Genetic Disorders Expert Forum
Phenylketonuria (PKU)
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Phenylketonuria (PKU)

Hypothetically, if I had a child who has Phenylketonuria (PKU) and I am pregnant with  another child now, the chance of my unborn child having PKU is possible, considering it is an autosomal recessive disorder. If I do not have medical insurance to pay all the medical bills and the special diet needed for people with PKU, how can I afford it? Are there alternative ways to pay for this? How can I go about this?
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You are correct, PKU is an autosomal recessive condition.  If two people who are carriers for PKU have children together, there is a 25% chance to have a child affected with PKU and a 50% chance to have a child who is a carrier of PKU.  For a family with one affected child, if the same mother and father were to have more children, the chance to have another child affected with PKU would be 25%.  If the father of the current pregnancy is different, he can have testing to determine if he is a carrier for PKU.  If he is not, then your current pregnancy would have a 50% of being a carrier of PKU, but we would not expect this pregnancy to be at increased risk of inheriting PKU.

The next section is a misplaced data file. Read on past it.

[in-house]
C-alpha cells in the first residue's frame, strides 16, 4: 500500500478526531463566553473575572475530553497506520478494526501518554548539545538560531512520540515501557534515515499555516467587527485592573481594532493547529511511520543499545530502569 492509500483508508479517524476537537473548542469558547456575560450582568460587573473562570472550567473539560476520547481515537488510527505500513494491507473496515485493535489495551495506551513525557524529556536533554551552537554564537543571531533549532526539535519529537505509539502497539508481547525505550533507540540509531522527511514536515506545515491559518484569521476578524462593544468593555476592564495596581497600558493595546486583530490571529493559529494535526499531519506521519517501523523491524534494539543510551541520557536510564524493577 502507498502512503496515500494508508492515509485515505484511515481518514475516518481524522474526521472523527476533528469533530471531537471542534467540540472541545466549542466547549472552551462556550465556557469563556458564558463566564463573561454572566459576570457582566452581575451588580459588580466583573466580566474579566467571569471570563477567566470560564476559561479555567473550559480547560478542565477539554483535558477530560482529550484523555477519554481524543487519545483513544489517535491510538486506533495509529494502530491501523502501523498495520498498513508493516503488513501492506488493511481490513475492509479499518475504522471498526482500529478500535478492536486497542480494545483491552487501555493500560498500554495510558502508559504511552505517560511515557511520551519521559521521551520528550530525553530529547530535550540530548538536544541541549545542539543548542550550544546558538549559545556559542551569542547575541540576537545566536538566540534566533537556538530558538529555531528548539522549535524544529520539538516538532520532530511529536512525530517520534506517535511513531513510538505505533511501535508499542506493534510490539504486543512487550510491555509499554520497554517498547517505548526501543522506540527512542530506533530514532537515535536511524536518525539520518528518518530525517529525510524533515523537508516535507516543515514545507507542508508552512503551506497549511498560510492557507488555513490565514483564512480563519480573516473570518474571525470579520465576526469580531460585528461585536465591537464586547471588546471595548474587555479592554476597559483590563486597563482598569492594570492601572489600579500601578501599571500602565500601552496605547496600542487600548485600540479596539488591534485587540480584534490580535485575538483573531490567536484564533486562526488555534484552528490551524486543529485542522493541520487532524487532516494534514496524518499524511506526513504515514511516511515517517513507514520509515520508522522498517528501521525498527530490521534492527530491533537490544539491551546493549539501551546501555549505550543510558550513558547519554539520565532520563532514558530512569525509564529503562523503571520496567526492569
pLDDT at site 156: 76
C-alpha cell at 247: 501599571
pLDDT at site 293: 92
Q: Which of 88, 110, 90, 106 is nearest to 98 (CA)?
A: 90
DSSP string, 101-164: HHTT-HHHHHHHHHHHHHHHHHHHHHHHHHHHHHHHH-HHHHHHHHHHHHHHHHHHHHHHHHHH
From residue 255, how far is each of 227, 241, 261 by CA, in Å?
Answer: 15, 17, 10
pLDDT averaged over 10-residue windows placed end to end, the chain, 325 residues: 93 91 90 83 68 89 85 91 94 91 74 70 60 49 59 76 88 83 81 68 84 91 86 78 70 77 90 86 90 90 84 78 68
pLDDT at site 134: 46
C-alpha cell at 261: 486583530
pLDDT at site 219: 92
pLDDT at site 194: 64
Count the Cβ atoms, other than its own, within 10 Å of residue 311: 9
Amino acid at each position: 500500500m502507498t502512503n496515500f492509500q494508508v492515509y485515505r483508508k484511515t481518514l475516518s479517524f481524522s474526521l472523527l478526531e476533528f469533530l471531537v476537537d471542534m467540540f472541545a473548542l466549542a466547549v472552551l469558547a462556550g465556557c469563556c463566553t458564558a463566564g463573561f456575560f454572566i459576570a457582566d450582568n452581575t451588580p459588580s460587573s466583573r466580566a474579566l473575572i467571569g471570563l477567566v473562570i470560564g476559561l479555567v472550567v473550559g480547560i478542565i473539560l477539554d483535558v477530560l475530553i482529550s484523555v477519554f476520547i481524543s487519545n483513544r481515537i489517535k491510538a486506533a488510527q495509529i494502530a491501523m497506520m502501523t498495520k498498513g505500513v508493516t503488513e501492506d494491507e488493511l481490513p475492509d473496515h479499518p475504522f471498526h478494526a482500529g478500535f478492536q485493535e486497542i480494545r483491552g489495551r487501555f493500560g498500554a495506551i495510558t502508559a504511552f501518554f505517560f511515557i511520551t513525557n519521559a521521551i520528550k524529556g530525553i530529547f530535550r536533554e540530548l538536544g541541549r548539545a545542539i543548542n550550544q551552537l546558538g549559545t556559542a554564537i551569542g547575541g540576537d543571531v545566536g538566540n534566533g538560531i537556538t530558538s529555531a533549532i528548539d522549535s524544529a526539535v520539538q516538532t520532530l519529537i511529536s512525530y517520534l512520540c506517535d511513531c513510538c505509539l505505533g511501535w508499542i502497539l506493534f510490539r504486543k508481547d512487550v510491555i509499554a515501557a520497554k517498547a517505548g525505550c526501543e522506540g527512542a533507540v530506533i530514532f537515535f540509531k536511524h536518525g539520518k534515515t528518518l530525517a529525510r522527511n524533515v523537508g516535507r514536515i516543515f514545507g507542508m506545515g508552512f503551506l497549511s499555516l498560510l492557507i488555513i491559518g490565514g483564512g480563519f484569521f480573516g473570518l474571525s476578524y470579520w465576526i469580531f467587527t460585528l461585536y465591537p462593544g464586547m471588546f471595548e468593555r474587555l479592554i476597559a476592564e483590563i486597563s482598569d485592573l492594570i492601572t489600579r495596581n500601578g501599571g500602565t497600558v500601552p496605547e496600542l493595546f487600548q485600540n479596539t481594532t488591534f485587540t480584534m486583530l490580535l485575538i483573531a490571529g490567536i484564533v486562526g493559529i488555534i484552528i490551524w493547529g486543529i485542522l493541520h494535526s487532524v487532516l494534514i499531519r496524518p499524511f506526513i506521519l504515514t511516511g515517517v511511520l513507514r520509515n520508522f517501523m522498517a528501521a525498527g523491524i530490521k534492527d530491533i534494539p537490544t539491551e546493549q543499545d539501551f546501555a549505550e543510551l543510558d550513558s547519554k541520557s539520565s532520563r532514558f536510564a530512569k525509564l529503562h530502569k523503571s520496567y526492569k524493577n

As you know, PKU is a metabolic condition in which individuals have none or very small amount of phenylalanine hydroxylase activity.  People with PKU cannot tolerate eating the essential amnio acid called phenylalanine and need to follow a particular diet.  If the diet is not restricted from phenylalanine, most children with PKU develop severe mental retardation.  

There are advocacy groups to help families with PKU.  One of which is called the Children’s PKU network, and they offer to scholarships to families to help with costs of special food and formula.  They have a website with additional information that may help.  Best wishes to you.  
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